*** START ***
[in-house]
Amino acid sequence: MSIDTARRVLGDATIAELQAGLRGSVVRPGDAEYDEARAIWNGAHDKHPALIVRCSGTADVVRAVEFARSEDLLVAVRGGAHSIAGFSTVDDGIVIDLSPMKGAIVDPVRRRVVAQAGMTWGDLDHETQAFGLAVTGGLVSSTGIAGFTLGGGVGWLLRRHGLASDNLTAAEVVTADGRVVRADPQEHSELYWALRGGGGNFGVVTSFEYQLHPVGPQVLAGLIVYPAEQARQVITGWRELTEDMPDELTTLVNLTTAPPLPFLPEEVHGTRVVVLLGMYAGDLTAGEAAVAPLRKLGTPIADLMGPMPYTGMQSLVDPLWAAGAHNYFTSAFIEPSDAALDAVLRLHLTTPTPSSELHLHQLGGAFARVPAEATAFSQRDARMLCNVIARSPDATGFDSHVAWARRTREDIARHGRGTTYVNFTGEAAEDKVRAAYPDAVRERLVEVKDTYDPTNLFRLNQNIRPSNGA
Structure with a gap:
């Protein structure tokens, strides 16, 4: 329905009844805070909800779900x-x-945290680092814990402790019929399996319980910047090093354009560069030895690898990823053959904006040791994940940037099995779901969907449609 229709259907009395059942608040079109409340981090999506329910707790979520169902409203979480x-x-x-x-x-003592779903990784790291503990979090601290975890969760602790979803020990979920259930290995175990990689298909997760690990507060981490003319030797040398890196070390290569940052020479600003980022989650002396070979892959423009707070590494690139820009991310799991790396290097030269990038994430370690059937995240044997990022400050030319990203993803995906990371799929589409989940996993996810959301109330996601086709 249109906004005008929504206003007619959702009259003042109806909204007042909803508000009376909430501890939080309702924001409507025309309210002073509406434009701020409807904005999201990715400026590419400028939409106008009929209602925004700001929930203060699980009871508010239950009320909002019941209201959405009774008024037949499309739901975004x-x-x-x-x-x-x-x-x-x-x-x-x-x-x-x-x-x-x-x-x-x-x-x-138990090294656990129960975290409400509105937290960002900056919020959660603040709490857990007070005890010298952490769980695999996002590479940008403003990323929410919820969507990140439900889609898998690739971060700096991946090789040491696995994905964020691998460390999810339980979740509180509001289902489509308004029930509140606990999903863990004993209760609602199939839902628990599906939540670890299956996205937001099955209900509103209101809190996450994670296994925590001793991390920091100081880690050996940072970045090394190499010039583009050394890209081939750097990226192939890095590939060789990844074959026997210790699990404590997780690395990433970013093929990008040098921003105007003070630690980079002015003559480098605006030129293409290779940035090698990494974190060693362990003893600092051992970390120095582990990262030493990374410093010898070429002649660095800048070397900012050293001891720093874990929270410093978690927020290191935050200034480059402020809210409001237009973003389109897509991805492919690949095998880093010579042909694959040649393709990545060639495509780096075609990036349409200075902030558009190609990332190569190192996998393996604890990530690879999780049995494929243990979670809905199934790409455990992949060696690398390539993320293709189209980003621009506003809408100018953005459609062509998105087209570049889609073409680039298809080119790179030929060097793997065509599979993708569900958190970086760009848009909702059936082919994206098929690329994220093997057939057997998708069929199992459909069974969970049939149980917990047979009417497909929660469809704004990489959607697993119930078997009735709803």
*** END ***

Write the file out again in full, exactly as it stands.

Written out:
[in-house]
Amino acid sequence: MSIDTARRVLGDATIAELQAGLRGSVVRPGDAEYDEARAIWNGAHDKHPALIVRCSGTADVVRAVEFARSEDLLVAVRGGAHSIAGFSTVDDGIVIDLSPMKGAIVDPVRRRVVAQAGMTWGDLDHETQAFGLAVTGGLVSSTGIAGFTLGGGVGWLLRRHGLASDNLTAAEVVTADGRVVRADPQEHSELYWALRGGGGNFGVVTSFEYQLHPVGPQVLAGLIVYPAEQARQVITGWRELTEDMPDELTTLVNLTTAPPLPFLPEEVHGTRVVVLLGMYAGDLTAGEAAVAPLRKLGTPIADLMGPMPYTGMQSLVDPLWAAGAHNYFTSAFIEPSDAALDAVLRLHLTTPTPSSELHLHQLGGAFARVPAEATAFSQRDARMLCNVIARSPDATGFDSHVAWARRTREDIARHGRGTTYVNFTGEAAEDKVRAAYPDAVRERLVEVKDTYDPTNLFRLNQNIRPSNGA
Structure with a gap:
């Protein structure tokens, strides 16, 4: 329905009844805070909800779900x-x-945290680092814990402790019929399996319980910047090093354009560069030895690898990823053959904006040791994940940037099995779901969907449609 229709259907009395059942608040079109409340981090999506329910707790979520169902409203979480x-x-x-x-x-003592779903990784790291503990979090601290975890969760602790979803020990979920259930290995175990990689298909997760690990507060981490003319030797040398890196070390290569940052020479600003980022989650002396070979892959423009707070590494690139820009991310799991790396290097030269990038994430370690059937995240044997990022400050030319990203993803995906990371799929589409989940996993996810959301109330996601086709 249109906004005008929504206003007619959702009259003042109806909204007042909803508000009376909430501890939080309702924001409507025309309210002073509406434009701020409807904005999201990715400026590419400028939409106008009929209602925004700001929930203060699980009871508010239950009320909002019941209201959405009774008024037949499309739901975004x-x-x-x-x-x-x-x-x-x-x-x-x-x-x-x-x-x-x-x-x-x-x-x-138990090294656990129960975290409400509105937290960002900056919020959660603040709490857990007070005890010298952490769980695999996002590479940008403003990323929410919820969507990140439900889609898998690739971060700096991946090789040491696995994905964020691998460390999810339980979740509180509001289902489509308004029930509140606990999903863990004993209760609602199939839902628990599906939540670890299956996205937001099955209900509103209101809190996450994670296994925590001793991390920091100081880690050996940072970045090394190499010039583009050394890209081939750097990226192939890095590939060789990844074959026997210790699990404590997780690395990433970013093929990008040098921003105007003070630690980079002015003559480098605006030129293409290779940035090698990494974190060693362990003893600092051992970390120095582990990262030493990374410093010898070429002649660095800048070397900012050293001891720093874990929270410093978690927020290191935050200034480059402020809210409001237009973003389109897509991805492919690949095998880093010579042909694959040649393709990545060639495509780096075609990036349409200075902030558009190609990332190569190192996998393996604890990530690879999780049995494929243990979670809905199934790409455990992949060696690398390539993320293709189209980003621009506003809408100018953005459609062509998105087209570049889609073409680039298809080119790179030929060097793997065509599979993708569900958190970086760009848009909702059936082919994206098929690329994220093997057939057997998708069929199992459909069974969970049939149980917990047979009417497909929660469809704004990489959607697993119930078997009735709803």